Minister for Slovenians Abroad completes eventful tour of Canada
Ottawa/Toronto/Vancouver, 4 April - Minister for Slovenians Abroad Helena Jaklitsch wrapped up a busy week-long tour of the Slovenian communities in Canada in British Columbia at the weekend, having previously visited Toronto and Ottawa in Ontario.
This Saturday the minister visited the Slovenian association in Vancouver, set up by Slovenians living there in 1958 to socialise and preserve Slovenian language and traditions.
On Friday she visited Whistler, the ski resort that is home to a small Slovenian community. Several Slovenians also work there seasonally as skiing teachers, a release from Jaklitsch's office said.
"Every time we meet our compatriots across the world we head home richer. Richer for the experience of love for the Slovenian identity, Slovenia, Slovenian culture, language, for what we are," the minister was quoted as saying in a sentiment that was the recurring theme of her tour.
She thanked Canadian Slovenians for handing down the Slovenian heritage to younger generations as well as for their exceptional engagement thirty years ago in support of Slovenia's independence and international recognition.
Her office still keeps one of the hand-sewn flags that was flown Toronto at the time.
The minister started her tour the previous Saturday in Ontario, which is home to the biggest Slovenian community. The oldest Slovenian association in the country, Bled, was founded in 1933 as part of a mutual insurer set up to support the members, who worked in the mines, in case of injury or death.
More than 30 associations in the province are coordinated by the All-Slovenian Cultural Committee (VSKO) in Toronto, which has been issuing for decades a publication and radio show called Voice of Canadian Slovenians and is also seeking to set up Slovenian language teaching at the University of Toronto.
In Toronto, the minister visited VSKO and Večerni Zvon, one of the oldest Slovenian associations in the area most of whose members are originally from Prekmurje.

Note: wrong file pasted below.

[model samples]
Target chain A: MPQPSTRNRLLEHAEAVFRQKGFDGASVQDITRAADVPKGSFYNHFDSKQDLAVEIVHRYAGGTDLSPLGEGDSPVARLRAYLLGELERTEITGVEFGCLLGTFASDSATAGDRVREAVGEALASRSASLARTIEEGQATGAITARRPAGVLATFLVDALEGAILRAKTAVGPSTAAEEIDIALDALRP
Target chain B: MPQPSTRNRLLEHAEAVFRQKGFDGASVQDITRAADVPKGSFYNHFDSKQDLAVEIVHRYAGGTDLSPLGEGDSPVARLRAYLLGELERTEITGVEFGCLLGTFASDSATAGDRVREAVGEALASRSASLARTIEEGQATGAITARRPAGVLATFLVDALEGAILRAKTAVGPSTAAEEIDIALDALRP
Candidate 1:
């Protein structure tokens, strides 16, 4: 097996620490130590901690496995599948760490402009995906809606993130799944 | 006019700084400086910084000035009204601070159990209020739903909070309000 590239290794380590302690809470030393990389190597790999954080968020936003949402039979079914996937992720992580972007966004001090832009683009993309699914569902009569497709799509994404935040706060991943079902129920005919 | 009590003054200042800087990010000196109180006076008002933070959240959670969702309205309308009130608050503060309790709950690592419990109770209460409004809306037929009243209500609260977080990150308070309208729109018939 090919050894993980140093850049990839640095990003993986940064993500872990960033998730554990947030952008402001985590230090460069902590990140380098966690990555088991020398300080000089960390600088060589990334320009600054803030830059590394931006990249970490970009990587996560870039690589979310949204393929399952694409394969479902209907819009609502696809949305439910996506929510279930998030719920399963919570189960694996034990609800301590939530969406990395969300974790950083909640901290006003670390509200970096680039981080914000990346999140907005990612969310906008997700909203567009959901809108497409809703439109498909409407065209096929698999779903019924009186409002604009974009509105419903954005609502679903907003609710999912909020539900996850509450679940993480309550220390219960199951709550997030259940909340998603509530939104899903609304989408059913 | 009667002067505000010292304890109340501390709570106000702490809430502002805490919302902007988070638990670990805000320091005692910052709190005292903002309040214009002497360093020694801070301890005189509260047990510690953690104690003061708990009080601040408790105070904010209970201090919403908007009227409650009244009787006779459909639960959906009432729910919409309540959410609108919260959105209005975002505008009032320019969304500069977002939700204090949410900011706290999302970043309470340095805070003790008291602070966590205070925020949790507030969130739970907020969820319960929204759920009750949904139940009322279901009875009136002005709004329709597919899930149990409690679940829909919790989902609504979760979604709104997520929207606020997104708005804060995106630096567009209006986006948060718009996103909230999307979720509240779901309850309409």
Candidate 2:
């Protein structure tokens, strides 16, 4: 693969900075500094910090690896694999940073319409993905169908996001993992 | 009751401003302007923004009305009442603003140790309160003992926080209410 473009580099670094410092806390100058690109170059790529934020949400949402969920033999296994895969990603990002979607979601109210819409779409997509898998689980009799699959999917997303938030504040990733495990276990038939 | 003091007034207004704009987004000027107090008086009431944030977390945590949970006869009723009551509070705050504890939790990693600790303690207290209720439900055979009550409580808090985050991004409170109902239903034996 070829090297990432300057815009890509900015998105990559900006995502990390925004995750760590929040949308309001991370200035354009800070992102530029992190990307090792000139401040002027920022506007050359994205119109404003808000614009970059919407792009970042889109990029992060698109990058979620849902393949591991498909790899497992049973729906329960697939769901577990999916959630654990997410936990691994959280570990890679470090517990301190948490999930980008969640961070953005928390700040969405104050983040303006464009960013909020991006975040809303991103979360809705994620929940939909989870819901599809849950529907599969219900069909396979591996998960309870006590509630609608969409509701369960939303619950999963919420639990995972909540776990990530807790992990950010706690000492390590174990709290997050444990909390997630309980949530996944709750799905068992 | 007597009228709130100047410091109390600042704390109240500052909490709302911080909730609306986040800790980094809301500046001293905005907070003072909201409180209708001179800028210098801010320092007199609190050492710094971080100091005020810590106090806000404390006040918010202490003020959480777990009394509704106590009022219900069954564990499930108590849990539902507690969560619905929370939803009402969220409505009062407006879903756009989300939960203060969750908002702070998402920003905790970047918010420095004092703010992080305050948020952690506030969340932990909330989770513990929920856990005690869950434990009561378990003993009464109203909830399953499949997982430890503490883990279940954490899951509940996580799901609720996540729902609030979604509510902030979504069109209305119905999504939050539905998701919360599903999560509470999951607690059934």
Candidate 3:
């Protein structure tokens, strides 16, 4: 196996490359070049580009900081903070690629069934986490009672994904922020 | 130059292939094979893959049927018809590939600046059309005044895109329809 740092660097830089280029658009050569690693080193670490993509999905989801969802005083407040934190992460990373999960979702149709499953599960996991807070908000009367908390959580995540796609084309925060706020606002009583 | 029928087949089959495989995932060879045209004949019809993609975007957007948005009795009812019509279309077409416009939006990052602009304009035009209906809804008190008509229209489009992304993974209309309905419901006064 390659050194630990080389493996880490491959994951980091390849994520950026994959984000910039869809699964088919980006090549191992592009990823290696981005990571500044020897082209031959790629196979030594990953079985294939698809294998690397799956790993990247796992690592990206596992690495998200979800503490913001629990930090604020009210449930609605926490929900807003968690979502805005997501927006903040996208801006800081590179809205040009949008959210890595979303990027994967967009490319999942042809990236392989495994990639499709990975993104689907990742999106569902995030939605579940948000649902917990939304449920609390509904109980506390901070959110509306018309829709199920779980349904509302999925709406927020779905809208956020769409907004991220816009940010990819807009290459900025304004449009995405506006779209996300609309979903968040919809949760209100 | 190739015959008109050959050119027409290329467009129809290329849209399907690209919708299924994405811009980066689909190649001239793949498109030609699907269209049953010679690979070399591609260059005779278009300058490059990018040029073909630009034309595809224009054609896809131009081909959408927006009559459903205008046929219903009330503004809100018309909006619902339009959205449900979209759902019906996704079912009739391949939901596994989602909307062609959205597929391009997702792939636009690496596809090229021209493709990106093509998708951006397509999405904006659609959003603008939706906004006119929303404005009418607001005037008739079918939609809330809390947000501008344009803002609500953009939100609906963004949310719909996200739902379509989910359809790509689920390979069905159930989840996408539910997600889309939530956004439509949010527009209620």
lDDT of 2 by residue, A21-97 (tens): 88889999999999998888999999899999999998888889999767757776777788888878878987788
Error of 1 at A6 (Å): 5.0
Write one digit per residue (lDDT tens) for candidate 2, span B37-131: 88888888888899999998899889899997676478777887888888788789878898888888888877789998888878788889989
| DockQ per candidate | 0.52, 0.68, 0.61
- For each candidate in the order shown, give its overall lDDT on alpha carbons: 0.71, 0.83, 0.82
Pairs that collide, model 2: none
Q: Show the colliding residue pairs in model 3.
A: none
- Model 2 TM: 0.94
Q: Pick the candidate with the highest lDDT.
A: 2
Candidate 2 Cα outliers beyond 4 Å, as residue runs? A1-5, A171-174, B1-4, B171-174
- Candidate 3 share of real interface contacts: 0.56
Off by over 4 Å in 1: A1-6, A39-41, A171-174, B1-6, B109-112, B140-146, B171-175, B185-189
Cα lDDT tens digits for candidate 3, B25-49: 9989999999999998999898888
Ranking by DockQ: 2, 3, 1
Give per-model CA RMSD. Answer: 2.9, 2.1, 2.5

Accompanied by Slovenian Ambassador Andrej Rode, Jaklitsch also visited a care home in South Ontario where most residents are of Slovenian descent. She also met representatives of the Slovenian School, which has been operational for more than 60 years.
The minister also met businessmen of Slovenian descent, visiting Nahanni Steel and Bigfoot door, two among the successful companies run by Canadian Slovenians. She met members of the Slovenian-Canadian Chamber of Commerce and took part in a reception hosted by Honorary Consul in Toronto John Doma.
In her address, the minister underscored the importance of cherishing ties between Slovenians worldwide and in particular economic cooperation.
The minister also visited Slovenians and their associations in the capital Ottawa and in Hamilton, where she also stopped by at the Slovenian school and at Flat Rock Cellars, the wine company owned by Slovenians.
In the capital Ottawa, the minister met Apostolic Nuncio to Canada Ivan Jurkovič and visited a Slovenian dance association. She also took part in an virtual meeting organised by the Slovenian Embassy with representatives of Slovenian associations in Ontario, Manitoba, Alberta and British Columbia.
The representatives reported about their activities and plans for the future, agreeing to resume such meetings in the future to get to know each other. They were happy to be able to talk with the minister.
Jaklitsch also attended a reception hosted by the Slovenian Embassy in Ottawa at which Ambassador Andrej Gregor Rode presented Ervin Bogomir Podgoršak, a pioneer in medical physics, with a decoration of behalf of President Borut Pahor for his research work and contribution to Slovenia's international reputation.